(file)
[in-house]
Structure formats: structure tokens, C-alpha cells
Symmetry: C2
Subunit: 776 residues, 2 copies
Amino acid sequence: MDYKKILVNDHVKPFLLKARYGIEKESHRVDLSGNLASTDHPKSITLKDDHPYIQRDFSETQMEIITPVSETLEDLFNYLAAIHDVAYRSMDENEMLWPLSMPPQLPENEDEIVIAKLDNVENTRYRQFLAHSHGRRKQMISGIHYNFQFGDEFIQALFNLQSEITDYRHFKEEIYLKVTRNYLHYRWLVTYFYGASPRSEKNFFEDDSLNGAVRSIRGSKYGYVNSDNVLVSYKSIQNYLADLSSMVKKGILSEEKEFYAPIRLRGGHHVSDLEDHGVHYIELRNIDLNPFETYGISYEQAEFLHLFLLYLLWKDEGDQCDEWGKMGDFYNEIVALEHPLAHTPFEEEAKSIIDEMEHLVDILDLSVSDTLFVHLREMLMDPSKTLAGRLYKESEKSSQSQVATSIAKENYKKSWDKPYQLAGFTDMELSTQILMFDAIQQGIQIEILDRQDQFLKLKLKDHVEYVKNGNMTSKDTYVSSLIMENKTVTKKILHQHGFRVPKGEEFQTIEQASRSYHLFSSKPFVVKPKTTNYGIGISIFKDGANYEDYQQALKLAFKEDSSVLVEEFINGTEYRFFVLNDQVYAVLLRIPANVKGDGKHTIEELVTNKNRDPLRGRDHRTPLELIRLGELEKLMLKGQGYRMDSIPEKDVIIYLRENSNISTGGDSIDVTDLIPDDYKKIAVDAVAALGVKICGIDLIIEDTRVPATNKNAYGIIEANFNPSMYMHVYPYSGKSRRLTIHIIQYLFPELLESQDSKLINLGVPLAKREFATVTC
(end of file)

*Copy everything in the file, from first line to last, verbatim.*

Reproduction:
[in-house]
Structure formats: structure tokens, C-alpha cells
Symmetry: C2
Subunit: 776 residues, 2 copies
Amino acid sequence: MDYKKILVNDHVKPFLLKARYGIEKESHRVDLSGNLASTDHPKSITLKDDHPYIQRDFSETQMEIITPVSETLEDLFNYLAAIHDVAYRSMDENEMLWPLSMPPQLPENEDEIVIAKLDNVENTRYRQFLAHSHGRRKQMISGIHYNFQFGDEFIQALFNLQSEITDYRHFKEEIYLKVTRNYLHYRWLVTYFYGASPRSEKNFFEDDSLNGAVRSIRGSKYGYVNSDNVLVSYKSIQNYLADLSSMVKKGILSEEKEFYAPIRLRGGHHVSDLEDHGVHYIELRNIDLNPFETYGISYEQAEFLHLFLLYLLWKDEGDQCDEWGKMGDFYNEIVALEHPLAHTPFEEEAKSIIDEMEHLVDILDLSVSDTLFVHLREMLMDPSKTLAGRLYKESEKSSQSQVATSIAKENYKKSWDKPYQLAGFTDMELSTQILMFDAIQQGIQIEILDRQDQFLKLKLKDHVEYVKNGNMTSKDTYVSSLIMENKTVTKKILHQHGFRVPKGEEFQTIEQASRSYHLFSSKPFVVKPKTTNYGIGISIFKDGANYEDYQQALKLAFKEDSSVLVEEFINGTEYRFFVLNDQVYAVLLRIPANVKGDGKHTIEELVTNKNRDPLRGRDHRTPLELIRLGELEKLMLKGQGYRMDSIPEKDVIIYLRENSNISTGGDSIDVTDLIPDDYKKIAVDAVAALGVKICGIDLIIEDTRVPATNKNAYGIIEANFNPSMYMHVYPYSGKSRRLTIHIIQYLFPELLESQDSKLINLGVPLAKREFATVTC